Explore the fun of RetroPie!
RetroPie is software that turns your Raspberry Pi into a multi-console-arcade emulation system that allows you to play games and homemade software. Missing those older systems that are no longer available? With RetroPie, you can play games rendered in high-definition crispness and detail and control them using USB or Bluetooth wireless controllers, such as the Dual Shock 4.
This tutorial shows how to setup RetroPie 3.5 on a Raspberry Pi 2 Model B.
White noise, background hiss, low-volume, subdued bass, and missing trebles leave room for improvement — especially when using the Raspberry Pi with audio-enjoyment software, such as RetroPie and Kodi.
Is there a way to upgrade the Pi’s audio quality?
Yes! Using a small USB audio device that plugs into any of the Pi’s USB ports, audio can be rerouted to the USB audio device for improved audio quality.
With 128G MicroSD cards falling to near-identical prices, the choice becomes more about performance than cost.
The PNY 128G High Performance MicroSD card and the Patriot 128G LX Series MicroSD card were exactly the same price, so which one offers better read and write speeds? Do they live up to the promises made on the packaging? Are they compatible with Linux? With they work with the Kingston MicroSD reader?
📅 February 4, 2016
Using a similar technique as the random text PHP code, here is a simple code snippet that chooses an image file at random and displays it in a browser.
By moving the code to the server side, a random banner image (or any kind of image) will appear in order to add freshness to a page.
📅 February 3, 2016
Here is a simple but fun PHP code snippet that displays one of several text strings chosen at random to add an element of surprise to a page.
First of all, a working PHP server is required in order to process PHP scripts. This could be a virtual machine using VirtualBox, for example, or something else on any platform. This short tutorial assumes that you have one set up and working.
📅 January 6, 2016
There is nothing like the joy of having the chance to try a new Solid State Drive (SSD) with Linux! After all, Linux runs so well, that if anything goes wrong, it must be the drive’s fault.
Having acquired a brand new SanDisk Ultra II 120G SSD, I was eager to see how it would perform with Linux Mint 17.3. Since this drive is one of the newer models, I was pleased to see that it exceeded all expectations by meeting the claims on the box and *almost* reaching speeds of the legendary Samsung 840 EVO SSD.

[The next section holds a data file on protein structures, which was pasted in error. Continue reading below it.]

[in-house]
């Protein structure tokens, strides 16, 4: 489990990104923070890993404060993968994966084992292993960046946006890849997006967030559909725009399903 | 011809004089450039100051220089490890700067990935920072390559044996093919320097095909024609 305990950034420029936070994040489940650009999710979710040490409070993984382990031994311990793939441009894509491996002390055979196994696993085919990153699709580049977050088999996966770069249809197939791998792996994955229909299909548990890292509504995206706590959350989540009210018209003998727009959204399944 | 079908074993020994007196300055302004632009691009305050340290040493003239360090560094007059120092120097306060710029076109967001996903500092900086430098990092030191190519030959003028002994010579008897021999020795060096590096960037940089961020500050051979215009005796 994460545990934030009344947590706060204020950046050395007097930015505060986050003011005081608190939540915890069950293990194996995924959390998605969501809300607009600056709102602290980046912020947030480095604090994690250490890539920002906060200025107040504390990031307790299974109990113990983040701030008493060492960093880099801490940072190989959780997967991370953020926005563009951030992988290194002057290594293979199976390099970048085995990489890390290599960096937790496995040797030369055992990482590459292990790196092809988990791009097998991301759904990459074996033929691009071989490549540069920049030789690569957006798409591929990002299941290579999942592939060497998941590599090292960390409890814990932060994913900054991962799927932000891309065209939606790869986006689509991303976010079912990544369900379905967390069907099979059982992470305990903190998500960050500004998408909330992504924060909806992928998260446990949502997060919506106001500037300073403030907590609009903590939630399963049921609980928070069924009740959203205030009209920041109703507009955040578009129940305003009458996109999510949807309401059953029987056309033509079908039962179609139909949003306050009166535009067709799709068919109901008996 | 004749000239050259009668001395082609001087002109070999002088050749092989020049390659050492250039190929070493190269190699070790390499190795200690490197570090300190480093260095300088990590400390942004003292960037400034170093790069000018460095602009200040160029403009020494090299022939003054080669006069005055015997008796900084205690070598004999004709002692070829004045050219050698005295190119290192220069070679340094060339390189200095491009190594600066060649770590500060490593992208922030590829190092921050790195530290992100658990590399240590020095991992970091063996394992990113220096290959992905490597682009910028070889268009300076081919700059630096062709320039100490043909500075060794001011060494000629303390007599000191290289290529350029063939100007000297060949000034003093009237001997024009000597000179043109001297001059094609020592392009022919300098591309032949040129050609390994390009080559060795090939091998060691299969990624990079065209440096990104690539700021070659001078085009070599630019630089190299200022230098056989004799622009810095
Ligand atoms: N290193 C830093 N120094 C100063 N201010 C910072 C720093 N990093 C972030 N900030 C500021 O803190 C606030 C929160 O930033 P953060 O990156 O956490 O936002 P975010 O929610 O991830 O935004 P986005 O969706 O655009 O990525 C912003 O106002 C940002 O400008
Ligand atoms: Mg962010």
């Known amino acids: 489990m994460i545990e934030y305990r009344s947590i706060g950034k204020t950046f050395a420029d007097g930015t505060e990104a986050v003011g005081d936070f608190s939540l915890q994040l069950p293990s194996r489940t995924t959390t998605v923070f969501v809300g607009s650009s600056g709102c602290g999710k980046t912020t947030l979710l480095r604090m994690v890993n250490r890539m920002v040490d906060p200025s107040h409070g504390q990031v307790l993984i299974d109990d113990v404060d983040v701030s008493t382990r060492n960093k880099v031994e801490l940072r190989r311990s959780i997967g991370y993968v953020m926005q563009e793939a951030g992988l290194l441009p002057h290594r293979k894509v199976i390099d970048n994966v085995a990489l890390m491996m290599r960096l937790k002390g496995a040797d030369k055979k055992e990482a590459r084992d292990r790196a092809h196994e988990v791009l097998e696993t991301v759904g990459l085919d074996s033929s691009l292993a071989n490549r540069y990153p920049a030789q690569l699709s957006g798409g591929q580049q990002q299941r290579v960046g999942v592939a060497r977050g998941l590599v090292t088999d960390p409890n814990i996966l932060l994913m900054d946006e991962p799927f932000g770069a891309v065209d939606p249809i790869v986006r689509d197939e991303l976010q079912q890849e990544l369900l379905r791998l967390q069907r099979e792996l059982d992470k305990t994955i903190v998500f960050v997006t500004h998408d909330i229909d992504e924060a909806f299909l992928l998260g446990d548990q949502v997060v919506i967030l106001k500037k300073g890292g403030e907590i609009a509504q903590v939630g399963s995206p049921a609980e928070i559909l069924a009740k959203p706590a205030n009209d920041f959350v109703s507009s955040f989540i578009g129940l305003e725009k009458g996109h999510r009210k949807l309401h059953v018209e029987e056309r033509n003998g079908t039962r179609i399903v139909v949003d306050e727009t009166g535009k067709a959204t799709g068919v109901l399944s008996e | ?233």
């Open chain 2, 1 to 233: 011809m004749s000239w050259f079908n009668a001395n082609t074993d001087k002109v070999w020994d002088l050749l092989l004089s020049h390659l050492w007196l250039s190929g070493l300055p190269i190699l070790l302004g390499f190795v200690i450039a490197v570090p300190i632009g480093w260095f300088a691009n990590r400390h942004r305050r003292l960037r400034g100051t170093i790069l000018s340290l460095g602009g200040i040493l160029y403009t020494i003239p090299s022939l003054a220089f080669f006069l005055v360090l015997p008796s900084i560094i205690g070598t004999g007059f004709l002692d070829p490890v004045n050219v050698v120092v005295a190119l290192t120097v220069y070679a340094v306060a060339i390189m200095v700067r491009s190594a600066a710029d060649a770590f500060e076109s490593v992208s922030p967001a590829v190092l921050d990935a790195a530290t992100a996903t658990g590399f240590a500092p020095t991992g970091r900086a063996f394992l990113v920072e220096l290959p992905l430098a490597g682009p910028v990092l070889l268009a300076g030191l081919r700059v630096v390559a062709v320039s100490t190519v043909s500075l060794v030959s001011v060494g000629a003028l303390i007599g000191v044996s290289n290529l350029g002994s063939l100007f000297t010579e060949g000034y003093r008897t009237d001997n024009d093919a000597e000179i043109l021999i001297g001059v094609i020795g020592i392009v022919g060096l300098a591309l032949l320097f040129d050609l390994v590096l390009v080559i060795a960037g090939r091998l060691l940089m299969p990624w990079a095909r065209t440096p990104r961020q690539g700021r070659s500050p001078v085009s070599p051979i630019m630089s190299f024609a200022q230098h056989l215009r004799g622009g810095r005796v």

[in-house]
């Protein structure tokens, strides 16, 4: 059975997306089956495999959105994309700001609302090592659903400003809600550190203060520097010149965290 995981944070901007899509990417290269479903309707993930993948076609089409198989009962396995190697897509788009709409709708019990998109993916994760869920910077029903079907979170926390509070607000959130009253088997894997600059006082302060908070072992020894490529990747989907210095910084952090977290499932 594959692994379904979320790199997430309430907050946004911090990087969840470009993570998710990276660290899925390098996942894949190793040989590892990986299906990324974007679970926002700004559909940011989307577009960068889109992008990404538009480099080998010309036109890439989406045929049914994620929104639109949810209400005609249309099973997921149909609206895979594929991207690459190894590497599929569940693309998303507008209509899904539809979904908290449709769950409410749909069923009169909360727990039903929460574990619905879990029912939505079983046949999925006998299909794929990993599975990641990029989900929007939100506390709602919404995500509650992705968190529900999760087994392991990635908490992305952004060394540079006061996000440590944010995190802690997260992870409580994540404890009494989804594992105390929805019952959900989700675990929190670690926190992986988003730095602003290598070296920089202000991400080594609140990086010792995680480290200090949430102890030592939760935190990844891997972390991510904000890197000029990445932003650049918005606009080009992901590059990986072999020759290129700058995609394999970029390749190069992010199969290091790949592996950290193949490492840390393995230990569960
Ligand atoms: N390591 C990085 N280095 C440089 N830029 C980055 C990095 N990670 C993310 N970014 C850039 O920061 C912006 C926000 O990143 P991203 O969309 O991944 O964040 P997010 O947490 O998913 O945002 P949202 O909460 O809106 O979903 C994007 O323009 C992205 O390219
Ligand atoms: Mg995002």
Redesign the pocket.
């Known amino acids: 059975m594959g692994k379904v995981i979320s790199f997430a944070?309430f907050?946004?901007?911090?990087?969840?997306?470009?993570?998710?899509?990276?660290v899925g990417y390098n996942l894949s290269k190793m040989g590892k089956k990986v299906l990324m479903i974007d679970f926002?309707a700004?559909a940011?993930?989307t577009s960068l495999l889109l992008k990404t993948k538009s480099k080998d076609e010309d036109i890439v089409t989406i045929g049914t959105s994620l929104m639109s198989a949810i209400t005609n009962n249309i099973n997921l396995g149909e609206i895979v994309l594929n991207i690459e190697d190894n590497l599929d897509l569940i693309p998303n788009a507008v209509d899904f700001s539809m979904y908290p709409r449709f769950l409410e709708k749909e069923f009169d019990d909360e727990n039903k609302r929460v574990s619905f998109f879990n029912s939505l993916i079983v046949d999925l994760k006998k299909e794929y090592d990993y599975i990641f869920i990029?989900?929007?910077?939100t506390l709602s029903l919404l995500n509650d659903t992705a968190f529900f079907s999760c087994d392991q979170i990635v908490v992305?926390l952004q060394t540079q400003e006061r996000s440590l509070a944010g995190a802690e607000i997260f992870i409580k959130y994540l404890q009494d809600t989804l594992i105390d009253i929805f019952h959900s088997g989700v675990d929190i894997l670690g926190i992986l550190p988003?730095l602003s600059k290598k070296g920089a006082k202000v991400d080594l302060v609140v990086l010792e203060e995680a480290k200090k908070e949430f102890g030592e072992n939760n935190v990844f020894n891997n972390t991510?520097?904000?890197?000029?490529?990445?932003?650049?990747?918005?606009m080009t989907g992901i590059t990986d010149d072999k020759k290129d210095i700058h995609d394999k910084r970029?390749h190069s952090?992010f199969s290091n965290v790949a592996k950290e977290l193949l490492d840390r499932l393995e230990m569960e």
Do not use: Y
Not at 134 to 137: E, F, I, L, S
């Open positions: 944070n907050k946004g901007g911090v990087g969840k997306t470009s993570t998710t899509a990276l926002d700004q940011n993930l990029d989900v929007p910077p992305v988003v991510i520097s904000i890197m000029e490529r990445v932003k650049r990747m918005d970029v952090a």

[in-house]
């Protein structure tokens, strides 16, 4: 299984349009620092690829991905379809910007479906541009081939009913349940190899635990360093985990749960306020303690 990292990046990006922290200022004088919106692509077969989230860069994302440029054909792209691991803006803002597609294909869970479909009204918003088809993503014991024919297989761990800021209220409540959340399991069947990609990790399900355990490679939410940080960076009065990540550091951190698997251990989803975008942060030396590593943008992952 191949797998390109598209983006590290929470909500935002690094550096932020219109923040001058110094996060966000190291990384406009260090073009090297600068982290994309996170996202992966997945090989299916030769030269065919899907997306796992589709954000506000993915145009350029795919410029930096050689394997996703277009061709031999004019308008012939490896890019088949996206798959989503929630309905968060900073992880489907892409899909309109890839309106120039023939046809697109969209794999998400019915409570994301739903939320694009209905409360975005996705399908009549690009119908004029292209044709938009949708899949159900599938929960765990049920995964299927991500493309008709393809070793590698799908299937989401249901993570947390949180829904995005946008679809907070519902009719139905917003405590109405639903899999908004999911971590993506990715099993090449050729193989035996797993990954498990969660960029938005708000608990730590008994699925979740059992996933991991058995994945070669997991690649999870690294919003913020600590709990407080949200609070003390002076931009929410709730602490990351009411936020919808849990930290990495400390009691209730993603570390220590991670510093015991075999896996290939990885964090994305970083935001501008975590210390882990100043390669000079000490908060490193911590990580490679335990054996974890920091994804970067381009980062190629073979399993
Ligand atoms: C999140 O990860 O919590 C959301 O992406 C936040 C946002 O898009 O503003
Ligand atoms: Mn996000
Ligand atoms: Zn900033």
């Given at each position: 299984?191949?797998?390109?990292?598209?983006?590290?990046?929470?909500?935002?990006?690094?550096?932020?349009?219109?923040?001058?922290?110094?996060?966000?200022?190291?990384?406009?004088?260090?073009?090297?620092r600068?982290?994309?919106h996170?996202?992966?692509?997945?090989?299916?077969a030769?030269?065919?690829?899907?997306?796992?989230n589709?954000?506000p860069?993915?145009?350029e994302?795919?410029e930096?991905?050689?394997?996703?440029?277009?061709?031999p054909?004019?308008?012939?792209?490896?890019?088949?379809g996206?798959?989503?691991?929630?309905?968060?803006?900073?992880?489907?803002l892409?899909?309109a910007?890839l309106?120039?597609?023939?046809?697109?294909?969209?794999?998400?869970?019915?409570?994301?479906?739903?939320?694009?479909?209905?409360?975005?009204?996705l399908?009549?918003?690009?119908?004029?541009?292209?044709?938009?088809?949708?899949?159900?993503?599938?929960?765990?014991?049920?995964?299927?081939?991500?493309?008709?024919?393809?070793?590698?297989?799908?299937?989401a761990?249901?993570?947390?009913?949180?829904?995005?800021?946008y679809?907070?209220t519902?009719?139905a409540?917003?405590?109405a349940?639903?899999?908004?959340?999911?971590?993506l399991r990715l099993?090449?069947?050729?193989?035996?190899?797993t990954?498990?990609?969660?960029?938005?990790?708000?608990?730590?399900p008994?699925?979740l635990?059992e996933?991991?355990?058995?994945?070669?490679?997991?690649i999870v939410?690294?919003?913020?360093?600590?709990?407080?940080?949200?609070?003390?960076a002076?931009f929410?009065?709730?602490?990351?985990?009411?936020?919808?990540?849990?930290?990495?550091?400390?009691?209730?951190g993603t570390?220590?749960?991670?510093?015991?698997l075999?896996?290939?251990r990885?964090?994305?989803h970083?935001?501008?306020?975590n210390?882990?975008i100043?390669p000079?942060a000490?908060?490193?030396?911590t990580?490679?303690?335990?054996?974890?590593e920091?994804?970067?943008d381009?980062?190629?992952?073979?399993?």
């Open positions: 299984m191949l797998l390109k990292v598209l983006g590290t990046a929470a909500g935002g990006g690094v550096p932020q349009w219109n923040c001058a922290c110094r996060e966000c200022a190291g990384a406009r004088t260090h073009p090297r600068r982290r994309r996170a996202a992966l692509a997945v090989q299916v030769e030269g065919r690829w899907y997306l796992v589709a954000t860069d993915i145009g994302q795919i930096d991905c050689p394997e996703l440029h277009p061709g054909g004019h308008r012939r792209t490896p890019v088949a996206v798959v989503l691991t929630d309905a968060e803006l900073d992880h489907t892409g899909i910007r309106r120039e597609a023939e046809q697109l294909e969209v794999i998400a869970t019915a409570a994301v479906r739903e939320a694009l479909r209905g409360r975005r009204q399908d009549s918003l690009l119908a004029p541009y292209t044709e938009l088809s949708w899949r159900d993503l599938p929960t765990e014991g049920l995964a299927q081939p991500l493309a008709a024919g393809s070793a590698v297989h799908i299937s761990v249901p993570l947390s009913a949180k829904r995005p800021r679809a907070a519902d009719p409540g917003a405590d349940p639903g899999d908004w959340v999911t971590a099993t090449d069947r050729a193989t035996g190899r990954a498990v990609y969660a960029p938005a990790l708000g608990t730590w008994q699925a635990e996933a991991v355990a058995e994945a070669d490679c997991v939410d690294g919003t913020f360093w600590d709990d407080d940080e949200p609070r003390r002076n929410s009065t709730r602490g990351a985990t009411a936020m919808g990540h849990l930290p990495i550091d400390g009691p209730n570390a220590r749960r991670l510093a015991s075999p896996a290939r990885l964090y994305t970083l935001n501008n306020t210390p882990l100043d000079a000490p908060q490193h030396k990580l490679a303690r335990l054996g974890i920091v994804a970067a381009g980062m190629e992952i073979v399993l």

At first glance following installation, you might wonder, “What’s the difference? It looks the same as before.”
While 17.3 does appear similar to previous versions, 17.3 sports more polish and refinement in little areas as well as more robust operation (apparently). To start with, there is a new set of wallpapers available, and as you use the system over time, the improvements become noticeable.
For example, tweaks have been made throughout the operating system that simplify usage, and certain Nemo freezes (on the Cinnamon version) that I experienced involving SSH and SFTP did not occur in 17.3. It feels as if more time was spent ensuring a polished system.
The default eyecandy is familiar, but this is a good thing since it is a user interface people are already accustomed to. Users can dive in immediately.
Linux Mint 17.3 is a Trusty-based derivation and installs kernel 3.19.0-32, so any Trusty software you already have will work (assuming 32-bit or 64-bit).
As always, time will disclose the reliability of Linux Mint 17.3, but so far, this is certainly one of the best Linux distributions available and quite possibly superior to Ubuntu. Everything from installation to usage to maintenance is easy and hassle-free in Linux Mint, and 17.3 provides even more frustration-free computing. It is no wonder that Linux Mint dominates the Page Hit Ranking score on distrowatch.com as the most popular Linux distribution. Linux Mint does things right without getting in the way of using the computer and without annoying the user.
Beyond a doubt, this is the easiest and most enjoyable operating system I have ever used out all operating systems available over the past years, and I would recommend it to those seeking Linux.